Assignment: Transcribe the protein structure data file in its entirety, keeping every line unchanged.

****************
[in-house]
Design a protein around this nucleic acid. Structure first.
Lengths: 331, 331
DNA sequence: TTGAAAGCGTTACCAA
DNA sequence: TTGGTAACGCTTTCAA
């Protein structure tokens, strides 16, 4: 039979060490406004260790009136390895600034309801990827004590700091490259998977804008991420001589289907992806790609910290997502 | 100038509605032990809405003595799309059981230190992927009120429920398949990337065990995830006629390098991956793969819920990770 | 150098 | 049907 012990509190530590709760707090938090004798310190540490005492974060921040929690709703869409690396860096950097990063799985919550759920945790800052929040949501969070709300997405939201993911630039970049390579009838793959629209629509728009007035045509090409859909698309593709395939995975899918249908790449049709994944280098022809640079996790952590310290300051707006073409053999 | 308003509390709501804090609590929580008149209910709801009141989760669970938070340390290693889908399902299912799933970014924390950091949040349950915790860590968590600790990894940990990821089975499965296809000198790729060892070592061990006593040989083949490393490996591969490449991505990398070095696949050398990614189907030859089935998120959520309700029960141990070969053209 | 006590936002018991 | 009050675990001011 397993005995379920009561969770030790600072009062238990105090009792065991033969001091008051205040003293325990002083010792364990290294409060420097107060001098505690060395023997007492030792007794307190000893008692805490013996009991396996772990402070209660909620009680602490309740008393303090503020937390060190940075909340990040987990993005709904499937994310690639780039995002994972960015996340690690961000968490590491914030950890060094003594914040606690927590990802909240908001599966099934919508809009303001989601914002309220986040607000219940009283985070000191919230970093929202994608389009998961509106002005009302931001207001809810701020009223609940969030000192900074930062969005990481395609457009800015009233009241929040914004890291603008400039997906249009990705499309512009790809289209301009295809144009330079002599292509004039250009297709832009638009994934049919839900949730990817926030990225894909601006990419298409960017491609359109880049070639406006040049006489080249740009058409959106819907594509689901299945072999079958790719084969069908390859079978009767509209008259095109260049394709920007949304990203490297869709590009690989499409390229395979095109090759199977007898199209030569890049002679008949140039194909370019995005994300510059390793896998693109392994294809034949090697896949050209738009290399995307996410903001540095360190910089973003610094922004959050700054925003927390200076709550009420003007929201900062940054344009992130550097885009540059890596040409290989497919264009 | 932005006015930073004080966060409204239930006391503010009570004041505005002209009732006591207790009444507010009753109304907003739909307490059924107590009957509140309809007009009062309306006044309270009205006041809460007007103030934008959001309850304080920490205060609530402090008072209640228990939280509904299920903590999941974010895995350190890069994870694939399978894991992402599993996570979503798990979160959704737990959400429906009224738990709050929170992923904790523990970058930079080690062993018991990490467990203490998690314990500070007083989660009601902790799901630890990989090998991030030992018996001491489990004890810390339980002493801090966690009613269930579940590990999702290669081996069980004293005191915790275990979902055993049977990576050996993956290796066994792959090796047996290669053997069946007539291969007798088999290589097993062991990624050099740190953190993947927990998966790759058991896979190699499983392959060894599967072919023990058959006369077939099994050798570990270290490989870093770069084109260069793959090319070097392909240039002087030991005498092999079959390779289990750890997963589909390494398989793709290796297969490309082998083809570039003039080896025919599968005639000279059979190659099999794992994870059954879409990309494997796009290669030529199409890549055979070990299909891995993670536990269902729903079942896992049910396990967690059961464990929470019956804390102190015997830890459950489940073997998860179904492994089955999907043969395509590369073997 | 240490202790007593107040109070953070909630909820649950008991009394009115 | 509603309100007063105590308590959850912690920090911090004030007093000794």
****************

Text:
[in-house]
Design a protein around this nucleic acid. Structure first.
Lengths: 331, 331
DNA sequence: TTGAAAGCGTTACCAA
DNA sequence: TTGGTAACGCTTTCAA
């Protein structure tokens, strides 16, 4: 039979060490406004260790009136390895600034309801990827004590700091490259998977804008991420001589289907992806790609910290997502 | 100038509605032990809405003595799309059981230190992927009120429920398949990337065990995830006629390098991956793969819920990770 | 150098 | 049907 012990509190530590709760707090938090004798310190540490005492974060921040929690709703869409690396860096950097990063799985919550759920945790800052929040949501969070709300997405939201993911630039970049390579009838793959629209629509728009007035045509090409859909698309593709395939995975899918249908790449049709994944280098022809640079996790952590310290300051707006073409053999 | 308003509390709501804090609590929580008149209910709801009141989760669970938070340390290693889908399902299912799933970014924390950091949040349950915790860590968590600790990894940990990821089975499965296809000198790729060892070592061990006593040989083949490393490996591969490449991505990398070095696949050398990614189907030859089935998120959520309700029960141990070969053209 | 006590936002018991 | 009050675990001011 397993005995379920009561969770030790600072009062238990105090009792065991033969001091008051205040003293325990002083010792364990290294409060420097107060001098505690060395023997007492030792007794307190000893008692805490013996009991396996772990402070209660909620009680602490309740008393303090503020937390060190940075909340990040987990993005709904499937994310690639780039995002994972960015996340690690961000968490590491914030950890060094003594914040606690927590990802909240908001599966099934919508809009303001989601914002309220986040607000219940009283985070000191919230970093929202994608389009998961509106002005009302931001207001809810701020009223609940969030000192900074930062969005990481395609457009800015009233009241929040914004890291603008400039997906249009990705499309512009790809289209301009295809144009330079002599292509004039250009297709832009638009994934049919839900949730990817926030990225894909601006990419298409960017491609359109880049070639406006040049006489080249740009058409959106819907594509689901299945072999079958790719084969069908390859079978009767509209008259095109260049394709920007949304990203490297869709590009690989499409390229395979095109090759199977007898199209030569890049002679008949140039194909370019995005994300510059390793896998693109392994294809034949090697896949050209738009290399995307996410903001540095360190910089973003610094922004959050700054925003927390200076709550009420003007929201900062940054344009992130550097885009540059890596040409290989497919264009 | 932005006015930073004080966060409204239930006391503010009570004041505005002209009732006591207790009444507010009753109304907003739909307490059924107590009957509140309809007009009062309306006044309270009205006041809460007007103030934008959001309850304080920490205060609530402090008072209640228990939280509904299920903590999941974010895995350190890069994870694939399978894991992402599993996570979503798990979160959704737990959400429906009224738990709050929170992923904790523990970058930079080690062993018991990490467990203490998690314990500070007083989660009601902790799901630890990989090998991030030992018996001491489990004890810390339980002493801090966690009613269930579940590990999702290669081996069980004293005191915790275990979902055993049977990576050996993956290796066994792959090796047996290669053997069946007539291969007798088999290589097993062991990624050099740190953190993947927990998966790759058991896979190699499983392959060894599967072919023990058959006369077939099994050798570990270290490989870093770069084109260069793959090319070097392909240039002087030991005498092999079959390779289990750890997963589909390494398989793709290796297969490309082998083809570039003039080896025919599968005639000279059979190659099999794992994870059954879409990309494997796009290669030529199409890549055979070990299909891995993670536990269902729903079942896992049910396990967690059961464990929470019956804390102190015997830890459950489940073997998860179904492994089955999907043969395509590369073997 | 240490202790007593107040109070953070909630909820649950008991009394009115 | 509603309100007063105590308590959850912690920090911090004030007093000794």